In their day, the assembly line and mass production were groundbreaking technologies. Between 1911 and 1920 the number of cars coming out of the Ford plant increased 1,433 per cent. And the “ecosystem” that Simon attributes to today’s Platform Age was surely evident in one particular Ford innovation: establishing brand-loyal, franchised dealers!

As my mother used to point out, just because “oldies” have lost their edge, doesn’t mean that they weren’t like today’s “youngsters” once.

 If the platform is indeed a new business model and not simply another empty buzzword, one could argue it was also around in the days of the Medicis — the 14th century banking dynasty.

Through a series of clever strategic activities, including marriages of convenience, the family significantly increased their social network in a way we now describe as “stickiness.” And innovation? The reason why Frans Johansson named his book on creative breakthroughs The Medici Effect was in honor of the way the family sponsored an ecosystem of scientists, philosophers, and artists, breaking down long-established barriers in order to herald one of the biggest explosions of innovation in history.

Did the Medicis, Cadbury, and Ford do extremely interesting and innovative things in their day, “especially with respect to emerging technologies?” Check!

Did they (once) adapt extremely well and quickly to change? Check!

Did they (once) routinely introduce compelling new offerings? Check!

Did they (once) work with partners in very exciting ways? Check!

Every era has its own form of what Simon calls a platform; this is not a new concept. Which begs the question: is the way that Amazon, Apple, Facebook, and Google do business so very different from yesteryear? Or are some so bedazzled by technology that it blinds them to historical truths?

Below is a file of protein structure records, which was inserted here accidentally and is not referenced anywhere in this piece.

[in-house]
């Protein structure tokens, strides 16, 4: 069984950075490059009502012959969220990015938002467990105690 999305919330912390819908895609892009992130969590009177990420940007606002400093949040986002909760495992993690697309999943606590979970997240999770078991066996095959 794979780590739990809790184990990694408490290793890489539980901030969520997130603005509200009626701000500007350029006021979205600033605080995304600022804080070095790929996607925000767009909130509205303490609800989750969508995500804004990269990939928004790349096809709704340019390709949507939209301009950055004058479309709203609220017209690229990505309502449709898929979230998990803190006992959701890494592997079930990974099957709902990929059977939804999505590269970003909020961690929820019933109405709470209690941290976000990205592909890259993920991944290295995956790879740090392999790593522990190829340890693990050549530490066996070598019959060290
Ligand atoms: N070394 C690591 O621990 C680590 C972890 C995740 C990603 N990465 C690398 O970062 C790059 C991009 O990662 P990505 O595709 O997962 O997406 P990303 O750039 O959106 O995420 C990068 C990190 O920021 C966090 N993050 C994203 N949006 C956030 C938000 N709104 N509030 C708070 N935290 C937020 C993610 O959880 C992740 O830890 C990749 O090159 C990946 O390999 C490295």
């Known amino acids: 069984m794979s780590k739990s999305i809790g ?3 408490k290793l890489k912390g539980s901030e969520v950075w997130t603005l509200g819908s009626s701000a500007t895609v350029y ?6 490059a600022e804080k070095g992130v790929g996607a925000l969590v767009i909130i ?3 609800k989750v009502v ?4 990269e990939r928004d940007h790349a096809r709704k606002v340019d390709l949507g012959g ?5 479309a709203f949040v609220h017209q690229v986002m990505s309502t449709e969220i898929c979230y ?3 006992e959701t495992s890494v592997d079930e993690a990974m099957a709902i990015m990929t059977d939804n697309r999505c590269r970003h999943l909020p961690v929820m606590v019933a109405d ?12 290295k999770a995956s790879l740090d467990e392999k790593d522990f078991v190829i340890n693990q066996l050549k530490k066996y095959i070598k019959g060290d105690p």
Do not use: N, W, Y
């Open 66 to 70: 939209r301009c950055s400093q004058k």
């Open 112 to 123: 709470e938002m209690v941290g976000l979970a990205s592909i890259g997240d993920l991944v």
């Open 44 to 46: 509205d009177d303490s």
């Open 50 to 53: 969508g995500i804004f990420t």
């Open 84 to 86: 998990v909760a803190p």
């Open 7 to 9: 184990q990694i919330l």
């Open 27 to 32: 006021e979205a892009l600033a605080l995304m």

This is where the “ecosystem” vital to crafting superior books comes in.

The problem with self-published books like this one is that the author no longer has to go through the rigorous vetting process required by commercial publishers. One in which an acquisitions editor will query (and probably reject) spurious arguments and superficial thinking.

As an author, being provoked to think deeper and harder about your material either produces a superior product or reveals the unsettling fact that you don’t have much to say that’s new, so would be better off not publishing a book at all.

The best time to do this kind of thinking is early on in the project. Otherwise send your manuscript to honest, discerning readers (not your mother!) for their feedback before you go into print.

Here’s the issue with many of the books that are written in the space of a few months. If it’s that quick and easy, you’re not really thinking! Take a look at what Daniel Kahneman writes in his book Thinking Fast and Slow about the two kinds of thinking: System 1 is effortless, automatic, intuitive – and error-prone. It’s what most people do most of the time.

Which is why authors who wish to be taken seriously need to establish a habit of System 2 thinking, which is reasoned, slow, and takes so much more effort.

A clue to how to develop that can be found in Nassim Nicholas Taleb’s wonderful book The Black Swan. In the Acknowledgments section he points out the value of finding detractors to your argument. “One learns most from people one disagrees with,” Taleb says.

An important piece of advice for any author not wanting to appear like a teenager who thinks they’ve discovered something new when they haven’t.

Rajesh Setty Interviews Dr. Liz About Co-authoring Thought Leadership Tweet

Ever considered the benefits of co-authoring a book rather than carrying the responsibility for conceiving, developing, writing, and marketing one all by yourself?

I was recently invited by Silicon Valley entrepreneur and mentor, Rajesh Setty, to talk about my co-authorship experience with Craig Badings, with whom I wrote Thought Leadership Tweet.